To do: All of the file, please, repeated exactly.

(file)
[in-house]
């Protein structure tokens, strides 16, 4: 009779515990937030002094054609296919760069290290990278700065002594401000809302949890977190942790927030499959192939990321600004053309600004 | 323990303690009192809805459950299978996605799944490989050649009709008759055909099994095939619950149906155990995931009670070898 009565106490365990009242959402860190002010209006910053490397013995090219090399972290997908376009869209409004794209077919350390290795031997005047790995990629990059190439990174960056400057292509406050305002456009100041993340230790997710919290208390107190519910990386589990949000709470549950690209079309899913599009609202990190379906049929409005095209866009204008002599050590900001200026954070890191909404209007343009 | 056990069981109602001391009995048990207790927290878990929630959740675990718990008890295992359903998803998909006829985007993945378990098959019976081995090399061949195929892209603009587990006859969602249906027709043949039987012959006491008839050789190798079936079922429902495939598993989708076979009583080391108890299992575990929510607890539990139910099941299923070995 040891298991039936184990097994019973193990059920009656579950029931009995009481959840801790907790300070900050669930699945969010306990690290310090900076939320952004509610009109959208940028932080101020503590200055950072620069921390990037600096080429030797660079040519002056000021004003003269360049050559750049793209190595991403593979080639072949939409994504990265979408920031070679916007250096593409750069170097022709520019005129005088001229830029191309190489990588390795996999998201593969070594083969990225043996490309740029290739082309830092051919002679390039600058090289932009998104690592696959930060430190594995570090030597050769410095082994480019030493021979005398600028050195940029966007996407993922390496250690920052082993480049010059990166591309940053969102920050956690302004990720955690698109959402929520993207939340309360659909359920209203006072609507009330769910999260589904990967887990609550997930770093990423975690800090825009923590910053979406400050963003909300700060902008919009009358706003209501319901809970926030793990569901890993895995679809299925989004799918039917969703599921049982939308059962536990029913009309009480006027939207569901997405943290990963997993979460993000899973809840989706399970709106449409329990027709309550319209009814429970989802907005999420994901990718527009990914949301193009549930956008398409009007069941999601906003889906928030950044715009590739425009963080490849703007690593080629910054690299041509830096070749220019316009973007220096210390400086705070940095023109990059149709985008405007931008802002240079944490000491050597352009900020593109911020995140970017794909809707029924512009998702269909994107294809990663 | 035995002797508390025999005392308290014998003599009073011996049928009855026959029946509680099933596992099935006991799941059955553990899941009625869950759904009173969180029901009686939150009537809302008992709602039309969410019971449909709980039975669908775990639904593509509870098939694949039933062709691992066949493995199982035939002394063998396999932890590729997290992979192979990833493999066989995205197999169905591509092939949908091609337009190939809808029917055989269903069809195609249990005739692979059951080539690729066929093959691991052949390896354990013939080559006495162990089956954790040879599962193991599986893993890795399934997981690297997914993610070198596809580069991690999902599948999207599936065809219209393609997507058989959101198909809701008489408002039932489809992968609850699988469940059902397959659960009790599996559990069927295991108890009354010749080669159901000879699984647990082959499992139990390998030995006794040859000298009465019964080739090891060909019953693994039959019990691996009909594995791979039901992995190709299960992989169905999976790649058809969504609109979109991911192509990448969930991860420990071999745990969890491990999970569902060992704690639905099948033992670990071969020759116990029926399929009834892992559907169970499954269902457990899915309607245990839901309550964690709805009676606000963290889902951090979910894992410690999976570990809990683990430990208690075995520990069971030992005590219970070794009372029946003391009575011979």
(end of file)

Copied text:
[in-house]
């Protein structure tokens, strides 16, 4: 009779515990937030002094054609296919760069290290990278700065002594401000809302949890977190942790927030499959192939990321600004053309600004 | 323990303690009192809805459950299978996605799944490989050649009709008759055909099994095939619950149906155990995931009670070898 009565106490365990009242959402860190002010209006910053490397013995090219090399972290997908376009869209409004794209077919350390290795031997005047790995990629990059190439990174960056400057292509406050305002456009100041993340230790997710919290208390107190519910990386589990949000709470549950690209079309899913599009609202990190379906049929409005095209866009204008002599050590900001200026954070890191909404209007343009 | 056990069981109602001391009995048990207790927290878990929630959740675990718990008890295992359903998803998909006829985007993945378990098959019976081995090399061949195929892209603009587990006859969602249906027709043949039987012959006491008839050789190798079936079922429902495939598993989708076979009583080391108890299992575990929510607890539990139910099941299923070995 040891298991039936184990097994019973193990059920009656579950029931009995009481959840801790907790300070900050669930699945969010306990690290310090900076939320952004509610009109959208940028932080101020503590200055950072620069921390990037600096080429030797660079040519002056000021004003003269360049050559750049793209190595991403593979080639072949939409994504990265979408920031070679916007250096593409750069170097022709520019005129005088001229830029191309190489990588390795996999998201593969070594083969990225043996490309740029290739082309830092051919002679390039600058090289932009998104690592696959930060430190594995570090030597050769410095082994480019030493021979005398600028050195940029966007996407993922390496250690920052082993480049010059990166591309940053969102920050956690302004990720955690698109959402929520993207939340309360659909359920209203006072609507009330769910999260589904990967887990609550997930770093990423975690800090825009923590910053979406400050963003909300700060902008919009009358706003209501319901809970926030793990569901890993895995679809299925989004799918039917969703599921049982939308059962536990029913009309009480006027939207569901997405943290990963997993979460993000899973809840989706399970709106449409329990027709309550319209009814429970989802907005999420994901990718527009990914949301193009549930956008398409009007069941999601906003889906928030950044715009590739425009963080490849703007690593080629910054690299041509830096070749220019316009973007220096210390400086705070940095023109990059149709985008405007931008802002240079944490000491050597352009900020593109911020995140970017794909809707029924512009998702269909994107294809990663 | 035995002797508390025999005392308290014998003599009073011996049928009855026959029946509680099933596992099935006991799941059955553990899941009625869950759904009173969180029901009686939150009537809302008992709602039309969410019971449909709980039975669908775990639904593509509870098939694949039933062709691992066949493995199982035939002394063998396999932890590729997290992979192979990833493999066989995205197999169905591509092939949908091609337009190939809808029917055989269903069809195609249990005739692979059951080539690729066929093959691991052949390896354990013939080559006495162990089956954790040879599962193991599986893993890795399934997981690297997914993610070198596809580069991690999902599948999207599936065809219209393609997507058989959101198909809701008489408002039932489809992968609850699988469940059902397959659960009790599996559990069927295991108890009354010749080669159901000879699984647990082959499992139990390998030995006794040859000298009465019964080739090891060909019953693994039959019990691996009909594995791979039901992995190709299960992989169905999976790649058809969504609109979109991911192509990448969930991860420990071999745990969890491990999970569902060992704690639905099948033992670990071969020759116990029926399929009834892992559907169970499954269902457990899915309607245990839901309550964690709805009676606000963290889902951090979910894992410690999976570990809990683990430990208690075995520990069971030992005590219970070794009372029946003391009575011979």